Two Berlin entrepreneurs came up with the idea of making the dream of flying possible for everybody.
But how did this dream start at Flight Simulator Berlin?
The cockpit originally belongs to a Boeing 707.
The cockpit dimensions comply to the greatest psooible extent to those of a Boeing 737, to which it was later modified.
The author Johannes Schages reconstructed the story of the cockpit and released an article in the “Jet & Prop” newspaper, Edition 01/2009.
Like a Phoenix from the ashes
How the modern Flight Simulator Berlin Boeing 737 NG cockpit developed out of the "International Air Tour" legendary Boeing 707-355C.
Most recently, a private simulation operator in the heart of Berlin offers all flight enthusiasts the opportunity to become a pilot and take-off on board the Boeing 737 NG - guided by a competent commercial pilot. Until now this was only possible up to a limited extent since these facilities are almost exclusively used for the professional training of airline pilots. In the proper style ambiance of Flight Simulator Berlin, the "Captain" will be led into the briefing after he checked-in. According to his wishes, he will be prepared for his flight. Afterwards he will take place in the left seat of the original cockpit - like dozens of "real" airline captains did before.
The cockpit was originally part of a Boeing B707-355C cell, which departed as the 643rd plane out of the B 707 production line (Construction No: 19664) to its first flight on November 1st, 1967. A week later, the eventful career in the fleet of many airlines worldwide started. At first registered as N526EJ in the business jet edition and delivered to Executive Jets, the Dutch airline Transavia placed it into service on June 26th, 1968, as its first jet with the registration PH-TRF. The leased plane flew mainly charter flights on long-haul routes. On the 24th of July, 1968, our Boeing broke the existing range record for commercial aircraft. She flew 11.300 km non-stop from Buenos Aires to Brussels.
Leased to Caledonian Airways in October 1969, she went into the business inventory of the British Caledonian as the "County Caithness / Loch Doon" (G-AXRS). During the summer season of 1981 the Boeing 707 was leased to Monarch Airlines and remained in the UK until 1984 - before she was sold to Nigeria. Here our Boeing 707 served another 10 years in the operations of Okada Air (5N-AOQ) for charter flights out of Lagos. Eventually IAT Cargo took over the almost 30 year old lady to use her (as 5N-VRG) for its cargo connections in Europe.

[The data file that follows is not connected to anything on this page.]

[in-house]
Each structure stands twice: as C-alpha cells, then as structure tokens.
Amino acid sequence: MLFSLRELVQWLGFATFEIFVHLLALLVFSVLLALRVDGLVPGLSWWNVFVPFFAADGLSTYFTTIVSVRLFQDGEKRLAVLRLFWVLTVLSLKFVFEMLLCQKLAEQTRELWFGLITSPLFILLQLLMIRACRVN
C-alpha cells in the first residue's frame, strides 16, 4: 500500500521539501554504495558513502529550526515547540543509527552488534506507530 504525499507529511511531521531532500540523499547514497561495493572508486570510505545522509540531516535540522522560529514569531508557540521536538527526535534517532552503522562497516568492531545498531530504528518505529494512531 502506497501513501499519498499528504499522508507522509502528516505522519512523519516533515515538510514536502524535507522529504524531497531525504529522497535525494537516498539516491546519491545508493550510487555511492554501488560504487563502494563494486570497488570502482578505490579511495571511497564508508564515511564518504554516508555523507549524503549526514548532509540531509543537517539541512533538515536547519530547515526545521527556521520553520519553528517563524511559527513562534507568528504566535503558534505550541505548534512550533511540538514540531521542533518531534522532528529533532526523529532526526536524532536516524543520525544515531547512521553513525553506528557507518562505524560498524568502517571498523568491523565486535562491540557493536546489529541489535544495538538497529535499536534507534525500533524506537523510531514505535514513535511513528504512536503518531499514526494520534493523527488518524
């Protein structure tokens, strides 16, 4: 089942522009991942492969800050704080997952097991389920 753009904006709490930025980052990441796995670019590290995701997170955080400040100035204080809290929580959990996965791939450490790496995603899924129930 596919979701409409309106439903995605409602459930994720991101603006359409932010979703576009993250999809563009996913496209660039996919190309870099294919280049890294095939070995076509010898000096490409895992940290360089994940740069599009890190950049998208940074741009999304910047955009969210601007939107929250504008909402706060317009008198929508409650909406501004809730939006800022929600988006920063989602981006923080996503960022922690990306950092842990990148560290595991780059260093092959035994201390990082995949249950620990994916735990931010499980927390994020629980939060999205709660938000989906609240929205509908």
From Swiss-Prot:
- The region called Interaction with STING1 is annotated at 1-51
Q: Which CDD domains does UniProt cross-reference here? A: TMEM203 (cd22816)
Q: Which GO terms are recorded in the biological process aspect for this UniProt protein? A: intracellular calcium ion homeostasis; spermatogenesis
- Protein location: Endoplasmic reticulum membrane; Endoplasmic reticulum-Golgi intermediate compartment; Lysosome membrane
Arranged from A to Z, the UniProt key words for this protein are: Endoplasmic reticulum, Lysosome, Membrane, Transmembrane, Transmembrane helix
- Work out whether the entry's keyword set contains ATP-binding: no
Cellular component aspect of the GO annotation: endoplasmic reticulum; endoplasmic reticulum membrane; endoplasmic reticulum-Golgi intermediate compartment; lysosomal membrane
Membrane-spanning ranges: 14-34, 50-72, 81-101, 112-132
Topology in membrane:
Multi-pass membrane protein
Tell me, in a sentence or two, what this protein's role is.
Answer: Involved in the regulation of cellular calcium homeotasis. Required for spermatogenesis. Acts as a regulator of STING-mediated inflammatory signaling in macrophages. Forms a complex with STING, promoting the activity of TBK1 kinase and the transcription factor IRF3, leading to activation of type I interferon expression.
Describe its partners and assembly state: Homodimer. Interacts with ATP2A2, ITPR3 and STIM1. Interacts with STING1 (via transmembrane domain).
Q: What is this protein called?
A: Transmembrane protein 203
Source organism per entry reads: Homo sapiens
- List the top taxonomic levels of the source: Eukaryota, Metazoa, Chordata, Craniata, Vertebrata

Here, at the airport of Oostende in Belgium, the flying career ended on the 14th of November, 1998: At 0300 UTC the B707 took off with a load of 35 tons of electronic devices as flight RCN302 to Lagos-Murtala. In Flight Level 240 (about 8000 metres) she came into turbulences overhead Chimay. Engine No. 3 loosened, which forced the 5 crew members to return to Oostende. After burning lots of fuel in the holding, additional hydraulic problems came up. During the harsh emergency landing at 05:44 UTC, the main gear collapsed, the freighter overshot the runway and came to a complete stop just short of the Localiser antenna. It was decided to declare the plane as the 149th total loss of a B707 and wreck it.
So the scrap press would have sealed the fate of this legend, if the cockpit would not have gone into the ownership of a Belgian, who converted it in years of hard work into a B737 (as generally known, the front fuselage of our "Baby" shows a high equality of structure with its predecessor). Later, the functioning simulator came to Bremen, where it stayed for some time in the top floor of the airport terminal next to the "Bremenhalle". Here, the rich aviation history of the Free Hanseatic City of Bremen is documented by the Junkers W33 "Bremen", a Fw 44 "Stieglitz" and "Spacelab" as well as (out on the terrace) a VFW 614.
In the summer of 2008, two young entrepreneurs from Berlin bought the simulator and delivered it via a heavy duty transport into the German capital. In a modern building complex in the Luxemburger Str. in Berlin-Mitte/Wedding, the simulator was build up for its new mission. Equipped with modern software and hardware the modern cockpit now complies with the construction level of a B737 NG. Not less than seven computers for the individual subsystems are connected to each other via a central network and a 6-meter cambered projection surface enables an almost completely real and high-resolution vision. Flights from A to B (with a selection of over 24.000 airports worldwide) – with or without autopilot – are possible as well as the practice of take-offs, landings, departure and approach procedures during all kinds of weather operations, day and night. The realistic impression for the pilot(s) is intensified by the simulation of several (flight) sounds; during take-off, the vibration is felt throughout the cockpit...
Whoever wants to enjoy a special flight adventure or take his/her flying knowledge from the home PC to a new level of dimension can find out more at www.flugsimulator-berlin.de